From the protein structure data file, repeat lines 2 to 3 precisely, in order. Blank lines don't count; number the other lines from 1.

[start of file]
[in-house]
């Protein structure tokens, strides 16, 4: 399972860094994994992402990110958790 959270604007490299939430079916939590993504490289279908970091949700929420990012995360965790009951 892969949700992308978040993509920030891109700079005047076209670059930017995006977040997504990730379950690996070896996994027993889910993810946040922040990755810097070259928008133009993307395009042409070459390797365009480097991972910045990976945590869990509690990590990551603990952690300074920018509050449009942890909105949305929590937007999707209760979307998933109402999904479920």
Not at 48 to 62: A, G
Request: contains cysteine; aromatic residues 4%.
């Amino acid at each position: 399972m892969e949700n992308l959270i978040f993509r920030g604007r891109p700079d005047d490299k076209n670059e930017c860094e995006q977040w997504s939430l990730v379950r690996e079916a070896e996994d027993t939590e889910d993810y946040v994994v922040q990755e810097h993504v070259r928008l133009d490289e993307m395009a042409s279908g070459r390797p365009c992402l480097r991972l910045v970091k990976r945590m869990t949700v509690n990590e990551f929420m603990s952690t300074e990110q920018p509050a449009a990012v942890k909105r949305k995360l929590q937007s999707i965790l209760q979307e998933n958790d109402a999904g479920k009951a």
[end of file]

């Protein structure tokens, strides 16, 4: 399972860094994994992402990110958790 959270604007490299939430079916939590993504490289279908970091949700929420990012995360965790009951 892969949700992308978040993509920030891109700079005047076209670059930017995006977040997504990730379950690996070896996994027993889910993810946040922040990755810097070259928008133009993307395009042409070459390797365009480097991972910045990976945590869990509690990590990551603990952690300074920018509050449009942890909105949305929590937007999707209760979307998933109402999904479920």
Not at 48 to 62: A, G